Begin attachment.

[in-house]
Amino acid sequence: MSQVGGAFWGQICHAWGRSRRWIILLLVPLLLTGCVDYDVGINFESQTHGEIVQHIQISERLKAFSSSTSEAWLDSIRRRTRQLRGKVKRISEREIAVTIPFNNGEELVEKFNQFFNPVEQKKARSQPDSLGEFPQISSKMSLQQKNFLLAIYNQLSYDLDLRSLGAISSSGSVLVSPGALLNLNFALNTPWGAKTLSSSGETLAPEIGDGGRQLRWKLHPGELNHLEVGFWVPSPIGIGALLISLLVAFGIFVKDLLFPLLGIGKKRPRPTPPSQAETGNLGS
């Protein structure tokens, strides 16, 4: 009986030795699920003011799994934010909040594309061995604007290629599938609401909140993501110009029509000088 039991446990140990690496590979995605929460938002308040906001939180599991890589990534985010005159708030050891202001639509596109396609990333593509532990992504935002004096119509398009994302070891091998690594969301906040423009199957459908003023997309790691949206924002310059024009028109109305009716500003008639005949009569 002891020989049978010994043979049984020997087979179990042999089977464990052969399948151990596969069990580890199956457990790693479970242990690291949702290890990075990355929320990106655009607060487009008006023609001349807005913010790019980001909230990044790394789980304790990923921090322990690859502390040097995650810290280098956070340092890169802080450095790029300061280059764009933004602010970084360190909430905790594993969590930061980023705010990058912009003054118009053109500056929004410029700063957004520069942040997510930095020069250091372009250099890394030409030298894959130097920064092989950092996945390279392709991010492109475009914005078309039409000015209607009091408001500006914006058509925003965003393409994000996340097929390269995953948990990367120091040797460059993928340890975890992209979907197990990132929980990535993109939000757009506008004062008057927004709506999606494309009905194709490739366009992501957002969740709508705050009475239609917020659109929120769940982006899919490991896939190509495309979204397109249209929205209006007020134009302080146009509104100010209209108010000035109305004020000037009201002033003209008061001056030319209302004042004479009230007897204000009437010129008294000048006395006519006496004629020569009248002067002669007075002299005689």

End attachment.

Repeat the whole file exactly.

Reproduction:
[in-house]
Amino acid sequence: MSQVGGAFWGQICHAWGRSRRWIILLLVPLLLTGCVDYDVGINFESQTHGEIVQHIQISERLKAFSSSTSEAWLDSIRRRTRQLRGKVKRISEREIAVTIPFNNGEELVEKFNQFFNPVEQKKARSQPDSLGEFPQISSKMSLQQKNFLLAIYNQLSYDLDLRSLGAISSSGSVLVSPGALLNLNFALNTPWGAKTLSSSGETLAPEIGDGGRQLRWKLHPGELNHLEVGFWVPSPIGIGALLISLLVAFGIFVKDLLFPLLGIGKKRPRPTPPSQAETGNLGS
């Protein structure tokens, strides 16, 4: 009986030795699920003011799994934010909040594309061995604007290629599938609401909140993501110009029509000088 039991446990140990690496590979995605929460938002308040906001939180599991890589990534985010005159708030050891202001639509596109396609990333593509532990992504935002004096119509398009994302070891091998690594969301906040423009199957459908003023997309790691949206924002310059024009028109109305009716500003008639005949009569 002891020989049978010994043979049984020997087979179990042999089977464990052969399948151990596969069990580890199956457990790693479970242990690291949702290890990075990355929320990106655009607060487009008006023609001349807005913010790019980001909230990044790394789980304790990923921090322990690859502390040097995650810290280098956070340092890169802080450095790029300061280059764009933004602010970084360190909430905790594993969590930061980023705010990058912009003054118009053109500056929004410029700063957004520069942040997510930095020069250091372009250099890394030409030298894959130097920064092989950092996945390279392709991010492109475009914005078309039409000015209607009091408001500006914006058509925003965003393409994000996340097929390269995953948990990367120091040797460059993928340890975890992209979907197990990132929980990535993109939000757009506008004062008057927004709506999606494309009905194709490739366009992501957002969740709508705050009475239609917020659109929120769940982006899919490991896939190509495309979204397109249209929205209006007020134009302080146009509104100010209209108010000035109305004020000037009201002033003209008061001056030319209302004042004479009230007897204000009437010129008294000048006395006519006496004629020569009248002067002669007075002299005689």